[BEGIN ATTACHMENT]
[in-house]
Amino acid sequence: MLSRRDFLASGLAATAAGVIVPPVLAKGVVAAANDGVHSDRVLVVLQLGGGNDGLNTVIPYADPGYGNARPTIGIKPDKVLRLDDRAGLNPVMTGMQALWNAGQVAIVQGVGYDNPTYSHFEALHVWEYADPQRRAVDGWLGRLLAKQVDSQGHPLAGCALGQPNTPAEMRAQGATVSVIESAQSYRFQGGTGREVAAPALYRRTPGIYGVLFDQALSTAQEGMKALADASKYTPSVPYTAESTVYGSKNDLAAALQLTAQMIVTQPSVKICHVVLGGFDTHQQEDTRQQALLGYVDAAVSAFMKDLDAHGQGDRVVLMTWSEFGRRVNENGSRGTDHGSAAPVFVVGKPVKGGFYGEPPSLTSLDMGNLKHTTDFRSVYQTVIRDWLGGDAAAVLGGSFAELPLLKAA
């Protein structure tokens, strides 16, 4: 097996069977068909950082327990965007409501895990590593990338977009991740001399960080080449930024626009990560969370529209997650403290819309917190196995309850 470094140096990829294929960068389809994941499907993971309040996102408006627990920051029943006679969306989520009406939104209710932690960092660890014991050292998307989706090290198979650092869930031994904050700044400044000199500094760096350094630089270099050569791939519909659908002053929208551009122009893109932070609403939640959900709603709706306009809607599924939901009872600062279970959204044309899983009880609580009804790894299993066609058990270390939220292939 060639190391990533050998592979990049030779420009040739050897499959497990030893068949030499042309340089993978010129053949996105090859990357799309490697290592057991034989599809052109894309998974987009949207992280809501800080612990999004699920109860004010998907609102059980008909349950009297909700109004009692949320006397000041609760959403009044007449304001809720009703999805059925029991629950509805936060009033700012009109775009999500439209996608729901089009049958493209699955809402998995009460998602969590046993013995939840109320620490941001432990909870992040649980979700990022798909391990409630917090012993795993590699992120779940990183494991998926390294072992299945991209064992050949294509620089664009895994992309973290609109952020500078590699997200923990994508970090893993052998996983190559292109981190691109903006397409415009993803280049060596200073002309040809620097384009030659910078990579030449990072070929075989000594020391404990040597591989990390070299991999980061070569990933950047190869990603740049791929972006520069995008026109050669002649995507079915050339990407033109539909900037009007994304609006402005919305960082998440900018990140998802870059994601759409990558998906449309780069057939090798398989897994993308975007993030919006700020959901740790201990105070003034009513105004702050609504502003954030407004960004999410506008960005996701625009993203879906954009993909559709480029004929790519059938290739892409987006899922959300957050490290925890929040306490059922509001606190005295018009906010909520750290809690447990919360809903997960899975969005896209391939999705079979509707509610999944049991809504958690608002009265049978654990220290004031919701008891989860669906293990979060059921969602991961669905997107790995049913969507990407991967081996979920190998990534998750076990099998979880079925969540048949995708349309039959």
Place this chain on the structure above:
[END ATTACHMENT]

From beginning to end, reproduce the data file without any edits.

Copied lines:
[in-house]
Amino acid sequence: MLSRRDFLASGLAATAAGVIVPPVLAKGVVAAANDGVHSDRVLVVLQLGGGNDGLNTVIPYADPGYGNARPTIGIKPDKVLRLDDRAGLNPVMTGMQALWNAGQVAIVQGVGYDNPTYSHFEALHVWEYADPQRRAVDGWLGRLLAKQVDSQGHPLAGCALGQPNTPAEMRAQGATVSVIESAQSYRFQGGTGREVAAPALYRRTPGIYGVLFDQALSTAQEGMKALADASKYTPSVPYTAESTVYGSKNDLAAALQLTAQMIVTQPSVKICHVVLGGFDTHQQEDTRQQALLGYVDAAVSAFMKDLDAHGQGDRVVLMTWSEFGRRVNENGSRGTDHGSAAPVFVVGKPVKGGFYGEPPSLTSLDMGNLKHTTDFRSVYQTVIRDWLGGDAAAVLGGSFAELPLLKAA
């Protein structure tokens, strides 16, 4: 097996069977068909950082327990965007409501895990590593990338977009991740001399960080080449930024626009990560969370529209997650403290819309917190196995309850 470094140096990829294929960068389809994941499907993971309040996102408006627990920051029943006679969306989520009406939104209710932690960092660890014991050292998307989706090290198979650092869930031994904050700044400044000199500094760096350094630089270099050569791939519909659908002053929208551009122009893109932070609403939640959900709603709706306009809607599924939901009872600062279970959204044309899983009880609580009804790894299993066609058990270390939220292939 060639190391990533050998592979990049030779420009040739050897499959497990030893068949030499042309340089993978010129053949996105090859990357799309490697290592057991034989599809052109894309998974987009949207992280809501800080612990999004699920109860004010998907609102059980008909349950009297909700109004009692949320006397000041609760959403009044007449304001809720009703999805059925029991629950509805936060009033700012009109775009999500439209996608729901089009049958493209699955809402998995009460998602969590046993013995939840109320620490941001432990909870992040649980979700990022798909391990409630917090012993795993590699992120779940990183494991998926390294072992299945991209064992050949294509620089664009895994992309973290609109952020500078590699997200923990994508970090893993052998996983190559292109981190691109903006397409415009993803280049060596200073002309040809620097384009030659910078990579030449990072070929075989000594020391404990040597591989990390070299991999980061070569990933950047190869990603740049791929972006520069995008026109050669002649995507079915050339990407033109539909900037009007994304609006402005919305960082998440900018990140998802870059994601759409990558998906449309780069057939090798398989897994993308975007993030919006700020959901740790201990105070003034009513105004702050609504502003954030407004960004999410506008960005996701625009993203879906954009993909559709480029004929790519059938290739892409987006899922959300957050490290925890929040306490059922509001606190005295018009906010909520750290809690447990919360809903997960899975969005896209391939999705079979509707509610999944049991809504958690608002009265049978654990220290004031919701008891989860669906293990979060059921969602991961669905997107790995049913969507990407991967081996979920190998990534998750076990099998979880079925969540048949995708349309039959």
Place this chain on the structure above: